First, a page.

The CPT and no CPT (control) groups were compared by a variety of parameters. The mean age of the CPT patients was 39.9 years with a range of 15 to 57 years. In the control patients, the mean age was 37 years, and the age range 22 to 62 years. The sex distributions within the two groups showed 20 women and four men in the CPT group, and 21 women and four men in the control group. Comparison of additionalparameters included cigarette smoking history, history of prior pulmonary diseases, dyspnea level decreased with medications of Canadian Health&Care Mall, percentage of ideal body weight, duration of surgery, and surgical procedure(s) performed (Tables 1 to 4 and Fig 1 and 2).
No statistically significant differences between the two groups were found.Of the postoperative parameters assessed, the CPT group was found to have higher temperature elevations (p less than 0.05), both within 24 and 48 hours following surgery (Fig 3). Results of ausculatory chest examinations performed by the participating respiratory therapists revealed the development of adventitious sounds on both postoperative days in roughly one half of the patients in each group (Table 5). There was no statistically significant difference between the groups. Inspiratory crackles (rales) constituted the majority of the adventitious sounds. Sputum production was estimated clinically. Preoperatively, almost all patients produced no sputum, whereas postoperatively, greater than 75 percent produced sputum (Table 6). Although the no CPT group had more patients with larger volumes of sputum, the results were not statistically significant.
Arterial blood gas levels were measured preoperatively and at random times on the first and second postoperative days. The mean levels of PaO2 measured preoperatively in both groups (75.7 mm Hg and 74.8 mm Hg) are normal for Boise (elevation 2,800 feet above sea level). The development of hypoxemia was an almost universal finding, with the exception of two patients in the no CPT group, who may have received supplemental oxygen when the blood gases were drawn (Fig 4). A few patients in each group failed to have arterial blood gases drawn on either the first or second postoperative day. There was a tendency for oxygenation to improve toward baseline in most patients by the second postoperative day. The other parameters assessed by arterial blood gas determinations, PaCO£ and pH, were also similar between the two groups (data not shown). Both groups were found to have a mild chronic hyperventilation, compatible with Boises elevation. In addition, a mild metabolic alkalosis developed postoperatively, probably related to intravenous fluid replacement or to nasogastric suctioninz.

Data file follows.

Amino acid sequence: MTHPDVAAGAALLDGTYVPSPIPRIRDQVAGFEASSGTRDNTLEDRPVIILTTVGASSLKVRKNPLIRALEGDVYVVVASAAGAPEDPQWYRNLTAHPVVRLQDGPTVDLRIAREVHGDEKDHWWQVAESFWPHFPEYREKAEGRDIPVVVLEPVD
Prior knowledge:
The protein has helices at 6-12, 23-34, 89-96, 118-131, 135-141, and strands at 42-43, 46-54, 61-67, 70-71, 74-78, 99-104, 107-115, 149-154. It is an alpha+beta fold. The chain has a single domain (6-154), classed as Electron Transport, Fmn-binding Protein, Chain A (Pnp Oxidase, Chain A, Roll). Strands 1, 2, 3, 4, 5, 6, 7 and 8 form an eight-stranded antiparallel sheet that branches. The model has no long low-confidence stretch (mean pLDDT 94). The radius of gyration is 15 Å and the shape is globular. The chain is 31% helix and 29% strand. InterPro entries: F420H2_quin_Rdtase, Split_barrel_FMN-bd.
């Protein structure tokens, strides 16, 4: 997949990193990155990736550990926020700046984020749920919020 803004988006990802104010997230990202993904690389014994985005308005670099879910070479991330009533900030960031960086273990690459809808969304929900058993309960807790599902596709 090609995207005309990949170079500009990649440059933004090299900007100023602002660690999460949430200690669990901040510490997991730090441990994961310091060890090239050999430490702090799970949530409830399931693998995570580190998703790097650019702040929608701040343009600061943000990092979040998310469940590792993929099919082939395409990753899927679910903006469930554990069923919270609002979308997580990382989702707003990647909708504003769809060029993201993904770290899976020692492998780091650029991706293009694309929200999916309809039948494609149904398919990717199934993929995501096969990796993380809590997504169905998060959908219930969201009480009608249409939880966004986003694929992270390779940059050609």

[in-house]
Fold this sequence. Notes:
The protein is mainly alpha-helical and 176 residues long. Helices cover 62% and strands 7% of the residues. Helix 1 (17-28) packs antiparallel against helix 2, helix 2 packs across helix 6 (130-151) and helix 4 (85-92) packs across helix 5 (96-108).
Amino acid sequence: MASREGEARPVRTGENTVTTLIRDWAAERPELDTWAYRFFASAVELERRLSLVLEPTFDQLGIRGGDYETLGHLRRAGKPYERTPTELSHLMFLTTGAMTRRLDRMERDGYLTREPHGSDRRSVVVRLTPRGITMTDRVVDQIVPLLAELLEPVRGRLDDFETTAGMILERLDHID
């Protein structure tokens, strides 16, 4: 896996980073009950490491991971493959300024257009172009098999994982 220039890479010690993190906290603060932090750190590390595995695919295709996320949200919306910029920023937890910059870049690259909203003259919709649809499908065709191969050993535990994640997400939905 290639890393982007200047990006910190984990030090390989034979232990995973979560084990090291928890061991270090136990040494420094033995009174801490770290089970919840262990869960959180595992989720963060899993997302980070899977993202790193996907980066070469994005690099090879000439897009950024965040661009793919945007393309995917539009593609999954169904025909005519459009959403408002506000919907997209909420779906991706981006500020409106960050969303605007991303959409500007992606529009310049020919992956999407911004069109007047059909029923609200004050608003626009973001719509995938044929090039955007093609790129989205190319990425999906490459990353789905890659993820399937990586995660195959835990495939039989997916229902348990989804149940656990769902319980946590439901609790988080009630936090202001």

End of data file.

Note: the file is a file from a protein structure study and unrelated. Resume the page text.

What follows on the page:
Serial chest x-ray films were evaluated. Preopera-tively, greater than 80 percent of the roentgenograms in each group were interpreted as being normal, whereas fewer than 20 percent remained normal on the first or second postoperative days (Table 7). Qf the postoperative abnormalities noted (some patients had more than one), no significant differences were found between the two groups. The most frequently observed abnormalities, volume loss and atelectasis, tended to occur bilaterally. Other postoperative changes, such as diaphragmatic elevation, pleural effusion, and infiltrate, occurred less frequently.
Serial spirograms also revealed the development of marked postoperative abnormalities in both groups. Mean forced vital capacities decreased from normal preoperative values by more than 50 percent in both groups (Fig 5). Every patient was found to have a drop in FVC on the first postoperative day. Similar striking changes in FEV! and MMEF were noted (data not shown). The FEV1% did not change predictably and is not a parameter worth measuring (data not shown).
Each patient s hospital record was reviewed to determine the postoperative day on which discharge was accomplished. The average length of hospital stay was similar and was approximately seven days in both groups (Fig 6). Again, no statistically significant difference was noted between the two groups.
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Figure 1. Weight distribution of all patients operated, comparing CPT and control patients. No significant differences are seen.
Figure 2. Duration of surgery for CPT and control groups. No significant differences are seen.
Figure 3. Maximum temperature elevations on the first and second postoperative days. Mean temperatures differed between the CPT and control patients on both postoperative days and were statistically significant (p<0.05). The CPT patients experienced higher fevers.
Figure 4. Serial PlaO, values recorded preoperatively and postoperatively. Most patients develop a severe drop in PaO, on the first postoperative day, and tend to improve on the second postoperative day. There is no difference between the CPT and control groups.
Figure 5. Serial FVC values recorded preoperatively and postoperatively. Mean preoperative values ate normal (97 percent and 96 percent predicted) in both groups. All patients experience a severe reduction in FVC on the first postoperative day (46 percent of preoperative level for the mean of both groups). Most are improved on the second postoperative day. The CPT and control groups are not significantly different.
Figure 6. Length of postoperative hospital stay for all patients, comparing CPT and control patients. No significant differences are seen.
Table 1—Current Smoking History
|Smokers <20 Pack yrs ^20 Pack yrs|
|No CPT||14||2||3 6|
Table 2—History qf Pulmonary Diseases
|CPT||8||3||1. Pulmonary emboli2. Smoke inhalation|
|No CPT||5||0||1. Hyperventilation syndrome2. Chronic bronchitis|
Table 3—Dyspnea Level
Table 4—Surgical Procedures
|Roux-En-Y||CPT17||No CPT 15|
|Roux-En-Y + JI|
|Roux-En-Y + ABD Wall|
|Roux-En-Y + JI Bypass|
|tomy, small bowel|
|resection, ABD herniorrh||1|
Tags: gastric bypass surgery, postoperative therapy, pulmonary complications, smoking history